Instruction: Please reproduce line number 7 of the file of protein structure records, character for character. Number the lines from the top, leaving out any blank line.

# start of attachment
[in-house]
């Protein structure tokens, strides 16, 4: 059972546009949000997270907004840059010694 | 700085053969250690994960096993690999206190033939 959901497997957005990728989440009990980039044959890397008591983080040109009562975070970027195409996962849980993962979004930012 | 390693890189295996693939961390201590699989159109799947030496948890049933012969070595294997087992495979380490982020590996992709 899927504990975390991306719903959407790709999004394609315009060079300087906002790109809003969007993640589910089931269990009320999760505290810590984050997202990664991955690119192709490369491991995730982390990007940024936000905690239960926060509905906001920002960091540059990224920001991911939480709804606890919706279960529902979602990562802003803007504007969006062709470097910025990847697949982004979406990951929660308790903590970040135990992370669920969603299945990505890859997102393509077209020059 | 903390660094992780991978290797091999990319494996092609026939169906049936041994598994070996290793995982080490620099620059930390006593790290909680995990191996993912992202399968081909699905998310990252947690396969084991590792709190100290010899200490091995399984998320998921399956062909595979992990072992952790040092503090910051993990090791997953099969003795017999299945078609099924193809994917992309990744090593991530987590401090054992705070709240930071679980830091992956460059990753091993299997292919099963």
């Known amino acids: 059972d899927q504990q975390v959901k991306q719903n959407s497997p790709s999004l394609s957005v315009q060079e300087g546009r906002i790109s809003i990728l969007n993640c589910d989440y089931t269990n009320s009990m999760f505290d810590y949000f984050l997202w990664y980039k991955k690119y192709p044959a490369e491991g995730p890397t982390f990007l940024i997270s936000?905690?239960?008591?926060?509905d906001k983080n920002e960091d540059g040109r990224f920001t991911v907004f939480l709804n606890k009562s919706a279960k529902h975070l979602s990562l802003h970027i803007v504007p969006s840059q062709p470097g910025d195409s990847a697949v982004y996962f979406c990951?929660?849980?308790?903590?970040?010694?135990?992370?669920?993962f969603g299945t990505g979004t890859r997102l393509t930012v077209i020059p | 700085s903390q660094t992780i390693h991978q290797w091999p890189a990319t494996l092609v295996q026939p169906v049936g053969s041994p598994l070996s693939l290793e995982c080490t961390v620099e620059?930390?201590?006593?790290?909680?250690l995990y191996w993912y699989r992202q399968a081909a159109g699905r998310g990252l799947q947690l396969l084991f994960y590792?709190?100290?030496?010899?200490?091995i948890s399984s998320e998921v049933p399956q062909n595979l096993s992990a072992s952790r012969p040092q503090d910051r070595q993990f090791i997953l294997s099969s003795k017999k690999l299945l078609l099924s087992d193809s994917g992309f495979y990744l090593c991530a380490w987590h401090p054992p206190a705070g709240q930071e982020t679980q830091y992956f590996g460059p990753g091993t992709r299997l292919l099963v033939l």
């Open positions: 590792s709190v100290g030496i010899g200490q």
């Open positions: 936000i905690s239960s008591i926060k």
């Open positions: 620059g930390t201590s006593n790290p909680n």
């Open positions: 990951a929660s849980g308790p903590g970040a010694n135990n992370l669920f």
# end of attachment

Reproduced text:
């Open positions: 990951a929660s849980g308790p903590g970040a010694n135990n992370l669920f």